Cholesterol is so vital to human health that almost every human cell in the body is constantly producing it. Although most of it is made in the liver, the human brain is where it is needed most. Even though the brain only makes up 2% of body weight, it contains 25% of all the body’s cholesterol and 60% of brain mass is purely fat. DHA, a type of omega-3 fat, makes up around 15-20% of your brain’s cerebral cortex. The brain neurons – the “wires” of your brain and central nervous system, contain high levels of DHA to aid in structural support of the entire human body. One of the primary uses of cholesterol is that it is needed to synthesize various hormones and neurotransmitters which the brain cells use to communicate with each other. Hence, without an acceptable level of cholesterol, the brain cells will die off eventually. Some researchers have actually postulated and published articles mentioning that cholesterol exhibits antioxidant abilities that protect the body against cancer. It also helps in the production of Vitamin D and maintains cell structure integrities to prevent them from becoming porous. Porous cell membranes are logically more susceptible to damage and foreign pathogens.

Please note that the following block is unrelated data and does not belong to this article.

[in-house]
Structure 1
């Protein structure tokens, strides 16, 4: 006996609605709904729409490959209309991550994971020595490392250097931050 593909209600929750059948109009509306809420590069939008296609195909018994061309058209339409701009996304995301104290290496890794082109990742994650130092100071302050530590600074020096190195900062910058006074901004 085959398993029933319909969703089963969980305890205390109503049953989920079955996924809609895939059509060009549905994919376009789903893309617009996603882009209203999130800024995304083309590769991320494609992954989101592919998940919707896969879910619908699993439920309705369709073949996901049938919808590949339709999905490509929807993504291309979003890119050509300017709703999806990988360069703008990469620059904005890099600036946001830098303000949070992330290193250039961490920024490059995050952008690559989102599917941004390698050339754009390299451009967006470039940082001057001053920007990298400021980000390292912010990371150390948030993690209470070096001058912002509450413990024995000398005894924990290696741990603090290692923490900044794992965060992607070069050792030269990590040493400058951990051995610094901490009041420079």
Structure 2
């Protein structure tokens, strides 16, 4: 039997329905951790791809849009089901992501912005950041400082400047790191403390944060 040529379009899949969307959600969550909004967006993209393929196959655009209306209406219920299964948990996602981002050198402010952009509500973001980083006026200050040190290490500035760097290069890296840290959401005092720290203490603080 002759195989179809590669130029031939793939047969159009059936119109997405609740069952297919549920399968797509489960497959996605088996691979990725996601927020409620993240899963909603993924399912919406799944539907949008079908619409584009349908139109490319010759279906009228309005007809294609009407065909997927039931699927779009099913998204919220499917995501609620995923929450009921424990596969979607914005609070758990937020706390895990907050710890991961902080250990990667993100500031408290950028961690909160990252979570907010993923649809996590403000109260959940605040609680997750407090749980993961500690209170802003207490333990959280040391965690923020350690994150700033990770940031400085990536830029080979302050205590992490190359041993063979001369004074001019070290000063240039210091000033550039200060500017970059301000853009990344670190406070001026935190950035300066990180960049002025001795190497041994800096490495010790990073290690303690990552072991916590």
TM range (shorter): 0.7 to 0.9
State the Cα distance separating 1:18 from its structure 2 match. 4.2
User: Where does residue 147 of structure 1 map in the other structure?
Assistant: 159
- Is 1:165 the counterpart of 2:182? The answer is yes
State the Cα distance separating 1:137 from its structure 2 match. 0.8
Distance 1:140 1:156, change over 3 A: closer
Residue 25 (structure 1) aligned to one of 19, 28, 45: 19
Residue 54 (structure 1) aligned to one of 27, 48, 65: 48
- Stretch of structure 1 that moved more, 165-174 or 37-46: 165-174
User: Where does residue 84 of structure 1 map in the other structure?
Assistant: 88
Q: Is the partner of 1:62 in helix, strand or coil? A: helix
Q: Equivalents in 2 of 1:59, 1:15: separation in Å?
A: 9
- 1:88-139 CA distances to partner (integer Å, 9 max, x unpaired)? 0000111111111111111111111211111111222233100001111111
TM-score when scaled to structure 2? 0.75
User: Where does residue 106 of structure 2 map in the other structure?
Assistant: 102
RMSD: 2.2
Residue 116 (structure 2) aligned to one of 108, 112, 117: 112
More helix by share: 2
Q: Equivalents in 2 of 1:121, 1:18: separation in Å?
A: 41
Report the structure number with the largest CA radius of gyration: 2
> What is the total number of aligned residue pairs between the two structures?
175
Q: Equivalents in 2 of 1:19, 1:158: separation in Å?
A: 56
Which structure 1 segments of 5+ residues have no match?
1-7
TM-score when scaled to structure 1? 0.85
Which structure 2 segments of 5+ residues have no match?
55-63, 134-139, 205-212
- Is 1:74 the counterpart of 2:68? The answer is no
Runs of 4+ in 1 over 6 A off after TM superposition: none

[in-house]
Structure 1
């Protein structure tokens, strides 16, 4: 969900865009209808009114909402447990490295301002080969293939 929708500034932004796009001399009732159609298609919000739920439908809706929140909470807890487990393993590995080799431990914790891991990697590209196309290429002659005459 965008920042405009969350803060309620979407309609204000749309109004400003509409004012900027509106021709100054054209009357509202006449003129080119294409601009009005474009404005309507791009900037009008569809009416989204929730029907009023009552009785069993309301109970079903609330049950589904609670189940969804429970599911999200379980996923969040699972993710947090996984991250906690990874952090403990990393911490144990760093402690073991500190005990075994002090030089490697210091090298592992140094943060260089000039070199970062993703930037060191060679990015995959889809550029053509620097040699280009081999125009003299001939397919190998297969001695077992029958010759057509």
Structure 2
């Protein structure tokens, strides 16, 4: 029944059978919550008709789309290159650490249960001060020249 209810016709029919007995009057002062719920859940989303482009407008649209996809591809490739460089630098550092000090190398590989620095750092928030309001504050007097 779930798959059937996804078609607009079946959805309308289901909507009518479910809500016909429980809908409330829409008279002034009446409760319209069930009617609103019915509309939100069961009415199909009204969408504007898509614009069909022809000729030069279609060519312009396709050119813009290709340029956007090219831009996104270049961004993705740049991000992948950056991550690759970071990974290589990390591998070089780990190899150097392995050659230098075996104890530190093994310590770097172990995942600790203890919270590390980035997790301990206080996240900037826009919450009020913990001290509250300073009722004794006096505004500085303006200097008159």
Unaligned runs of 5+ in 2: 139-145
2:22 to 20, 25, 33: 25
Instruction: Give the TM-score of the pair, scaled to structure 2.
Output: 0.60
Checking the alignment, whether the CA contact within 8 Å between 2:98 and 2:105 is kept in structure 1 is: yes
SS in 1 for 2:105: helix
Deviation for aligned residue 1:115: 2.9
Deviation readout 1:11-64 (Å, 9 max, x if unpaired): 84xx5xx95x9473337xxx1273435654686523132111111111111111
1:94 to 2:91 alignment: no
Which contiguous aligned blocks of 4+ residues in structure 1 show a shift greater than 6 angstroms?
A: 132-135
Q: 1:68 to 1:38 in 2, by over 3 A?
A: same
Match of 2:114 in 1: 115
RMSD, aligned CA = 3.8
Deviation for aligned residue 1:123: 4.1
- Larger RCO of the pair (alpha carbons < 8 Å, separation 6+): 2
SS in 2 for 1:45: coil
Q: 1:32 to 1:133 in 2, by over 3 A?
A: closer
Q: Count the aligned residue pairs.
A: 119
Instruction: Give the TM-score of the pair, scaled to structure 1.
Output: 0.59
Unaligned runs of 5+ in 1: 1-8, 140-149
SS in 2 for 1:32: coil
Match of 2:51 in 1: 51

In the current age of abundance, lifestyle diseases such as hypertension and other heart diseases are taking centre stage where the food we take are either too much or too rich. Without moderation and control, high cholesterol levels are seen in increasingly younger patients. This has led to widespread prescription of cholesterol lowering statins such as the generic Zocor(Simvastatin). It is unsurprising to note that with millions of people under such prescriptions, rates of dementia and Alzheimer’s are on the rise. A study published in the journal Pharmacotherapy in 2009 found that three out of four people using these drugs experienced adverse cognitive effects ‘probably or definitely related to’ the drug. It also mentioned that there were patients who experienced cognitive improvements after stopping statin therapy. In fact, since Feb 2012, the US FDA (Food and Drug Administration) ordered drug pharma companies to add a new warning label about possible memory problems to the prescribing information for statins.